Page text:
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dc.contributor.authorAbbott, Michael R.en
dc.date.accessioned2009-04-29T03:45:25Z
dc.date.issued2008en
dc.date.submitted2009-04-29en
dc.identifier.urihttps://hdl.handle.net/10182/1026
dc.description.abstractThis research operates at both the meeting of wilderness and landscape, and also landscape architecture and design-directed research. It applies a phenomenological understanding of landscape to the New Zealand conservation estate as a means to reconsider wilderness’ prevalent framing as an untouched ‘other’. It does this through enlisting the designerly imperative found within landscape architecture as the means by which to direct this research, and through landscopic investigations located in the artefacts of cooking, haptic qualities of walking, cartographies of wilderness and a phenomenological diagramming of landscape experience. The results of this layered programme of research are four-fold. First, it finds that a landscopic interpretation of wilderness, and its tangible manifestation in New Zealand’s conservation estate, has the potential to suggest a greater depth of dialogue in which both ecological and cultural diversity might productively flourish. Second, it finds that landscape architecture has significant potential to broaden both its relevance and types of productive outputs beyond its current intent to shape specific sites. It identifies that artefacts and representations – such as cookers, track markers and maps – can be creatively manipulated to design alternative formulations of landscape. Third, through self-critique the potency of a programme of design-directed inquiry is demonstrated. In this dissertation new knowledge is revealed that extends the formal, diagrammatic and conceptual dimensions of wilderness, New Zealand’s conservation estate, and a phenomenological expression of landscape. This research illustrates the potential for design-directed research methods to be more widely adopted in ways that extend landscape architecture’s value to multi-disciplinary research. Finally, it finds a pressing future direction for landscape architecture research is to further identify and develop techniques that diagram landscopic practice and performance with the same richness and detail that spatially derived descriptions currently offer. It is the considerable distance between the spoken and written poetics of phenomenology and the visual and diagrammatic articulation of these qualities that is identified as a problematic and also productive site for ongoing creative research.en
dc.format.extent1-383en
dc.language.isoenen
dc.publisherLincoln Universityen
dc.subjectlandscape designen
dc.subjectwildernessen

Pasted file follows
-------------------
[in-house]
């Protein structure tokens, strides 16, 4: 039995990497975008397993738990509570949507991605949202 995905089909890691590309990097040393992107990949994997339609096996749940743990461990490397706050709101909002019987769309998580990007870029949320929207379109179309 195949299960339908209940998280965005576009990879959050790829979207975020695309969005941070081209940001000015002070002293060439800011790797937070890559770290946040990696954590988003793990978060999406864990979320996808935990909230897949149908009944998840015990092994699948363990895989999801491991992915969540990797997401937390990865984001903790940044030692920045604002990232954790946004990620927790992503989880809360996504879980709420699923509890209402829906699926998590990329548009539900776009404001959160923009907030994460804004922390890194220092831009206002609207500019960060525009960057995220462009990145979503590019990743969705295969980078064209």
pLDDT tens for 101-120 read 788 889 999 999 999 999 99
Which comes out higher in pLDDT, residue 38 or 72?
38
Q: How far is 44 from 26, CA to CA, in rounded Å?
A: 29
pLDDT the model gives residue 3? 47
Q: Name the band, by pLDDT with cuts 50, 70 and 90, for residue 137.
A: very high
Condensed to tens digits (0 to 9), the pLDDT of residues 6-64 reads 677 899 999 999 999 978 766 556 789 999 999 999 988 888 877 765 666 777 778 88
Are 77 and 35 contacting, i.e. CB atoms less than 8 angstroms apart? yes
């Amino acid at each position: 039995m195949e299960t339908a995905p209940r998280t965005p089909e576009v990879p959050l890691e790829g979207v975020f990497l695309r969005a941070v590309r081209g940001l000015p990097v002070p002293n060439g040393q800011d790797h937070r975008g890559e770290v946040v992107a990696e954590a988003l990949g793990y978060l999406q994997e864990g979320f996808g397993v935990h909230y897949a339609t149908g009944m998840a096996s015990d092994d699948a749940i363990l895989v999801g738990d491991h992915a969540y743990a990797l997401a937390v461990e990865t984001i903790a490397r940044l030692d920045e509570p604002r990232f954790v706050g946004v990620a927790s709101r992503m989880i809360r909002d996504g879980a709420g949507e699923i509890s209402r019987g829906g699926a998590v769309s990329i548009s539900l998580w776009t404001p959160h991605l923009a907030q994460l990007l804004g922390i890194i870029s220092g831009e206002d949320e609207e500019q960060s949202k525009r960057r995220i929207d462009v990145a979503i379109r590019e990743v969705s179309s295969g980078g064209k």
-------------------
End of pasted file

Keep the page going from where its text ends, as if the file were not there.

dc.subjectNew Zealand conservation estateen
dc.subjectresearch methodsen
dc.subjectphenomenologyen
dc.subjectoutdoor equipmenten
dc.subjectpath makingen
dc.subjectcartographyen
dc.subjectlandscape visualisationen
dc.subjectlandscopicen
dc.subjectlandscape architectureen
dc.titleDesigning wilderness as a phenomenological landscape: design-directed research within the context of the New Zealand conservation estateen
dc.typeThesis
thesis.degree.grantorLincoln Universityen
thesis.degree.levelDoctoralen
thesis.degree.nameDoctor of Philosophyen
dc.subject.marsdenFields of Research::310000 Architecture, Urban Environment and Buildingen
dc.subject.marsdenFields of Research::420000 Language and Culture::420300 Cultural Studies::420302 Cultural theoryen
dc.subject.marsdenFields of Research::370000 Studies in Human Society::370400 Human Geography::370402 Social and cultural geographyen
lu.thesis.supervisorBowring, J.en
lu.thesis.supervisorSwaffield, S.en
lu.contributor.unitLincoln Universityen
lu.contributor.unitFaculty of Environment, Society and Designen
lu.contributor.unitSchool of Landscape Architectureen
lu.contributor.unitResearch Management Officeen
lu.contributor.unit/LU/Research Management Office/2018 PBRF Staff groupen
dc.subject.anzsrc120107 Landscape Architectureen
dc.subject.anzsrc160403 Social and Cultural Geographyen
pubs.organisational-group/LU
pubs.organisational-group/LU/Faculty of Environment, Society and Design
pubs.organisational-group/LU/Faculty of Environment, Society and Design/SOLA
pubs.organisational-group/LU/Research Management Office
pubs.organisational-group/LU/Research Management Office/2018 PBRF Staff group
pubs.publication-statusPublisheden
pubs.publisher-urlhttp://researcharchive.lincoln.ac.nz/dspace/handle/10182/1026en
dc.publisher.placeChristchurch, New Zealanden


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